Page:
When you know what’s causing your toddler’s nightmares and night terrors, you’re better able to chase the monsters away for a good night’s sleep, says certified sleep consultant Petro Thamm.
It seems like a buzz word in the baby circles these days are night terrors. This is enough to make any parent petrified at the thought! However, understanding what it is and how it may influence your child’s sleep can go a far way to set you up for a good night’s sleep. It is also key to understand the difference between a nightmare and a night terror to determine how to handle each episode.
To understand when and how it occurs, one needs to understand how sleep works. Sleep isn’t merely a state of rest – in fact, our brains go through different sleep cycles. The two main types we cycle through each night are called REM (rapid eye movement) and non-REM (slow wave) sleep. REM sleep is highest during infancy and early childhood (50%) and declines as the person ages. During REM sleep, intense dreaming occurs because of heightened brain activity in this phase. At the same time, there is paralysis of the major voluntary muscle groups. You can recognise REM sleep when you see increased uncontrolled body movements, and particularly rapid eye movements, in your sleeping child. A person’s heart rate and respiration may also become irregular.
Non-REM sleep comprises four stages, with each lasting five to 15 minutes. You can typically see this as “deep” sleep. In a completed sleep-wake cycle, the progression from stage one to four of slow wave sleep occurs before REM sleep happens. As the brain works through each cycle, non-REM sleep is not as deep, so your child sleeps lighter as morning approaches. This kind of sleep is a restful one, where the body repairs and regenerates tissues, builds bone and muscle, and appears to strengthen the immune system. Body movements, muscle tone, respiratory rate, metabolic rate and blood pressure decrease during this phase. This is the stage in which night terrors will occur.
Where do nightmares come from?
Nightmares in toddlers are very common and quite normal. They often peak at age two or three, when rich imaginations could mean children have some trouble distinguishing between reality and fantasy. Nightmares typically occur during REM sleep, near the end of the sleep period. When children have a nightmare, they will awake and seek comfort from the disturbing dream, and they will recognise you when they see you. Toddlers are generally able to recall the nightmare, or at least portions of it, but it may take a while to fall back asleep and get the scary thoughts out of their minds.
You can help keep the scary dreams at bay by avoiding scary videos, books, and stories before bed. Respond to his cries quickly and assure him of his safety. Sleep deprivation is the number one reason nightmares occur, so be sure your little one is getting enough day naps and goes to bed at an age-appropriate time. Also, nightmares can occur during times of stress or when a child is reliving a trauma. If you’re concerned, chat to your doctor or a psychologist.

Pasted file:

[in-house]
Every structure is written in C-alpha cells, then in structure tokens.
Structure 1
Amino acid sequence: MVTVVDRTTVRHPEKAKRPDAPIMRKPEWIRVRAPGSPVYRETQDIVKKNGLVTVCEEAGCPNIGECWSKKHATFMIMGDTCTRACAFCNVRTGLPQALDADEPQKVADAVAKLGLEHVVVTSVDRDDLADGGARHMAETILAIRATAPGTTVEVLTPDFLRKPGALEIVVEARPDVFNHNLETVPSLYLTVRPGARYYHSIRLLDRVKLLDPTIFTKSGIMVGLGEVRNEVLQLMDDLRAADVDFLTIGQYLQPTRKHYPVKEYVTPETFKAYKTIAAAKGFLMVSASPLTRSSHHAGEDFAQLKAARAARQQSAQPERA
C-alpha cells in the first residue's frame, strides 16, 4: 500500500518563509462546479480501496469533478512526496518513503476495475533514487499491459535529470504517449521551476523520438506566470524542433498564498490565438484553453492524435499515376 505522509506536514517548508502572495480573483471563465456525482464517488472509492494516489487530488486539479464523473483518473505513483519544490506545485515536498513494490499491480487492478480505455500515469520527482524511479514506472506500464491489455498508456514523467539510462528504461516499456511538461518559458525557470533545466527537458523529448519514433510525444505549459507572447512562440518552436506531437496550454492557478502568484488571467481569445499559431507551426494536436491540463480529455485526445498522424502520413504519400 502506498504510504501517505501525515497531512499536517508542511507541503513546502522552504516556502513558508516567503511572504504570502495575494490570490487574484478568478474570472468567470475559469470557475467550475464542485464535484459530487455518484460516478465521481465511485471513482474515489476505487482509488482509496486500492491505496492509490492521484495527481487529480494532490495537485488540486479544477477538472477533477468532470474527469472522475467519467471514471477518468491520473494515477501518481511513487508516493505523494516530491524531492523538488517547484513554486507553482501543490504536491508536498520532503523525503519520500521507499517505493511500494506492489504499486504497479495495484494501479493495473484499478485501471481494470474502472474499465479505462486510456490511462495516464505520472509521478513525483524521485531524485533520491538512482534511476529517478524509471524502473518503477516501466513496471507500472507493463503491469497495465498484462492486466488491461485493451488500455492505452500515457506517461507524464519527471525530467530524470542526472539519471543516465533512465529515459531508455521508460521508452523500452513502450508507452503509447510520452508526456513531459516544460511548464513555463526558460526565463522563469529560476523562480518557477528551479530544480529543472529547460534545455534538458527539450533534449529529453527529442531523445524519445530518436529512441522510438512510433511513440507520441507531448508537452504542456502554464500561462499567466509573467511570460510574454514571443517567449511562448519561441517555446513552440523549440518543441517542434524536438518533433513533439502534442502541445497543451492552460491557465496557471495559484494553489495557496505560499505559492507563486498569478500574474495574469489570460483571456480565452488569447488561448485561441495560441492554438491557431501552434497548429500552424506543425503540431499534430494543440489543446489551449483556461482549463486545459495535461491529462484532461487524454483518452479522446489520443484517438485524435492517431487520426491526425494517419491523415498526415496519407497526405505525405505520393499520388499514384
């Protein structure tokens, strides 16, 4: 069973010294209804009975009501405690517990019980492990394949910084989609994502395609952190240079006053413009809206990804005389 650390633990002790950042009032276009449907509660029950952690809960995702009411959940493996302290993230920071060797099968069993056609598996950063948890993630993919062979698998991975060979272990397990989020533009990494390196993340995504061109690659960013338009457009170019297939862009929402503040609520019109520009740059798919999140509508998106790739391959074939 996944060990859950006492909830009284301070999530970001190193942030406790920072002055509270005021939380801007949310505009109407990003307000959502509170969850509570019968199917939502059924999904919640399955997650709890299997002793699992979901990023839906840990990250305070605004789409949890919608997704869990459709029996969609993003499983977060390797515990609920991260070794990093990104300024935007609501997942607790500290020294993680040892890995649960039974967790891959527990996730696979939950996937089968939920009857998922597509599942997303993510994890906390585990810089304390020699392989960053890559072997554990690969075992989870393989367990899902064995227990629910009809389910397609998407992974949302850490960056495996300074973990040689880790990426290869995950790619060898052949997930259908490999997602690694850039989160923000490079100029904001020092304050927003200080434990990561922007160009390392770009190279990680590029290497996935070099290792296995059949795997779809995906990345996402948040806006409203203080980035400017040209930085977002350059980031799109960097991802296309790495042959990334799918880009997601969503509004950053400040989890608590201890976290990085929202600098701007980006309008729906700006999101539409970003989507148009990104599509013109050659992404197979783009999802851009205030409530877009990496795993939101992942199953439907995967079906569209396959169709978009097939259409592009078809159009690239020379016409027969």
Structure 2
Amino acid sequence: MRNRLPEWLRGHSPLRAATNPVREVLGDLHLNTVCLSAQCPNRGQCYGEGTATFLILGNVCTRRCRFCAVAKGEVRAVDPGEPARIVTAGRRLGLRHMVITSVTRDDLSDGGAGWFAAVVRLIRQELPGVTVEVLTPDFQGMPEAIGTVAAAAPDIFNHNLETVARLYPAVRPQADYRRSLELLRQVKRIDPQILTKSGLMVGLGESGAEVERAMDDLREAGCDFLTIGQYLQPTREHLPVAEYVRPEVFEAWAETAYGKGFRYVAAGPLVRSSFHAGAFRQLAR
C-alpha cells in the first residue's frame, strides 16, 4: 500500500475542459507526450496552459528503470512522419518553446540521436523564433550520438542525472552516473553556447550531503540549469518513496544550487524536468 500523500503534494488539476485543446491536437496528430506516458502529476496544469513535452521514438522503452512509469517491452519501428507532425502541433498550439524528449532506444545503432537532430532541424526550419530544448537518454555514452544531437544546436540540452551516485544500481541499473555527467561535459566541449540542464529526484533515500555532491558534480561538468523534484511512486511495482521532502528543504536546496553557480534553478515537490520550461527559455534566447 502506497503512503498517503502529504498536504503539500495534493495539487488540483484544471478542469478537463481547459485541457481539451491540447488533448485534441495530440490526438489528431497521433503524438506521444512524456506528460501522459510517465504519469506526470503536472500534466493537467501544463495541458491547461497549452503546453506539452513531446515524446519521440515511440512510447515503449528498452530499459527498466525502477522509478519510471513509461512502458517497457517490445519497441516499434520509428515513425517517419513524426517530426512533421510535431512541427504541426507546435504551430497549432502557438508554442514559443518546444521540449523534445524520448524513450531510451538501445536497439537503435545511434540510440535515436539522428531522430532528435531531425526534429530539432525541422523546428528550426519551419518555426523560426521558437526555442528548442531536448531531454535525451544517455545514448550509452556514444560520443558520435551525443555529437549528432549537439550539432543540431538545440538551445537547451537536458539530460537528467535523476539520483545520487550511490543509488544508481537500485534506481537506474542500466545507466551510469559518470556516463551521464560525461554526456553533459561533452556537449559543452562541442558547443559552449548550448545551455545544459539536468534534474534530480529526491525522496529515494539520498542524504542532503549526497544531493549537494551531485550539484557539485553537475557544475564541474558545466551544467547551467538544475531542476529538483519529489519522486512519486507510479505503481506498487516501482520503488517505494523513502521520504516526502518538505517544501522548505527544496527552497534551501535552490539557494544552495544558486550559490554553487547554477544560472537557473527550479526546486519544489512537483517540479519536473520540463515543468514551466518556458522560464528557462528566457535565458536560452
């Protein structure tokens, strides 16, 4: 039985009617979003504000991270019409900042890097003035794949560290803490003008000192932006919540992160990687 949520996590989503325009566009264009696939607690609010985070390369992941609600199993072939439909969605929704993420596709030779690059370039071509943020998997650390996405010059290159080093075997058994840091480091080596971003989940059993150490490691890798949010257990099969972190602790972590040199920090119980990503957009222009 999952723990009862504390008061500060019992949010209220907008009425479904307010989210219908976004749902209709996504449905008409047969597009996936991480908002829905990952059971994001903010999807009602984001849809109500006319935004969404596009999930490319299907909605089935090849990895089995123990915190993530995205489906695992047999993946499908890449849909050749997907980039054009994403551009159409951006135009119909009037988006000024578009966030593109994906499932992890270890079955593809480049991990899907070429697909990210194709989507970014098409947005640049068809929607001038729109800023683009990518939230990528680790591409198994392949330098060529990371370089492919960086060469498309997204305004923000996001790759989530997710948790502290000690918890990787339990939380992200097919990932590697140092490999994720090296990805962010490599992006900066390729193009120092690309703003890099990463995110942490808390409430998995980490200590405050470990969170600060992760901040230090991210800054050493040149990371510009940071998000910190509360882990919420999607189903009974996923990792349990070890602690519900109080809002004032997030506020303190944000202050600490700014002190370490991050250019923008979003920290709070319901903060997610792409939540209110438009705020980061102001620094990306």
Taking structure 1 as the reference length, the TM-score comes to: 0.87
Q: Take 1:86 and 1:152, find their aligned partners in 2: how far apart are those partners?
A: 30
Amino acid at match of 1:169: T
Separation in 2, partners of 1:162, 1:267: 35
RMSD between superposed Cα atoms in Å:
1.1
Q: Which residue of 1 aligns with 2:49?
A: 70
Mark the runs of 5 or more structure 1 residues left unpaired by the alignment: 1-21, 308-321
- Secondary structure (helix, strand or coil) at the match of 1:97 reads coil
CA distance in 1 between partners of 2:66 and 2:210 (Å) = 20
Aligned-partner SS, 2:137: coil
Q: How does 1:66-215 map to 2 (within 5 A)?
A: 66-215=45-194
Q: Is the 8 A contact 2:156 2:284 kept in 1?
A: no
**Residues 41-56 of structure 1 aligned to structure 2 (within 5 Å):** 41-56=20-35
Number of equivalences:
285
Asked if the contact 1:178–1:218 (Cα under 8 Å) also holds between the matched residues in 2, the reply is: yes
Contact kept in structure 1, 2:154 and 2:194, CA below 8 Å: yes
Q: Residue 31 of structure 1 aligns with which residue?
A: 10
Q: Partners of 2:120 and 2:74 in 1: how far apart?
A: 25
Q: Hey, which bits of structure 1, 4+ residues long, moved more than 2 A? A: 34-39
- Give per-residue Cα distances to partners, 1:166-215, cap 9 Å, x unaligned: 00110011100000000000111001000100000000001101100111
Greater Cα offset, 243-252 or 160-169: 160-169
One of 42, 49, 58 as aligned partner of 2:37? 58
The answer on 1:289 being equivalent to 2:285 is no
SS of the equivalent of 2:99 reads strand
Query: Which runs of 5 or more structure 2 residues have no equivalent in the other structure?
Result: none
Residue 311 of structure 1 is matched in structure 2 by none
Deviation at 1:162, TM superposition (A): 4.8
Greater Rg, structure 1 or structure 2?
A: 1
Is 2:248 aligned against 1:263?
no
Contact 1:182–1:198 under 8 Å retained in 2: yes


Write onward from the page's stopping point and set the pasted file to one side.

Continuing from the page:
What are night terrors?
Night terrors occur during NON-REM sleep, usually within two hours after the child falls asleep. It’s important not to think of night terrors as just another nightmare – they are different from each other in the symptoms and experience. Anxiety and screaming often accompany a child’s night terror, the child is often inconsolable and may not recognise you. During a night terror your child doesn’t wake, so he is unaware of your presence and may even push you away. He will not be able to remember this in the morning.
A night terror and its effects usually last between five and 15 minutes and then subsides. These episodes cannot be described as “a bad dream”. They are not a sign of a psychological problem and may occur during a developmental milestone or during a period of overtiredness. Interestingly, night terrors seem to be more common in boys, and occur in five percent of all children. This can probably be put down to genetics, the way the brain develops and how development is influenced by gender. There is not one cause of night terrors, as even stress or big changes in sleep schedules like travelling to a different time zone can cause it.
Night terrors can be frightening – for parents, that is. It’s most important, however, that you stay calm. The first thing you can do is make sure your child gets enough rest. If your tot is having a night terror, monitor him to make sure he’s safe. Don’t try to wake him up or interfere with the process – it will only make things worse. Make sure your child is physically safe during the incident, and don’t talk about it in the morning. If your child is having night terrors two to three times a week at set times during the night (like two hours after going to sleep), keep a sleep log to determine the pattern and wake your child 15 minutes prior to the time he usually has an episode. It is important not to wake him up completely, but for him to be at the point of wakefulness where he mumbles, moves, or rolls over. Repeat this every night for seven to 10 nights in a row even if he has a few nights without a terror.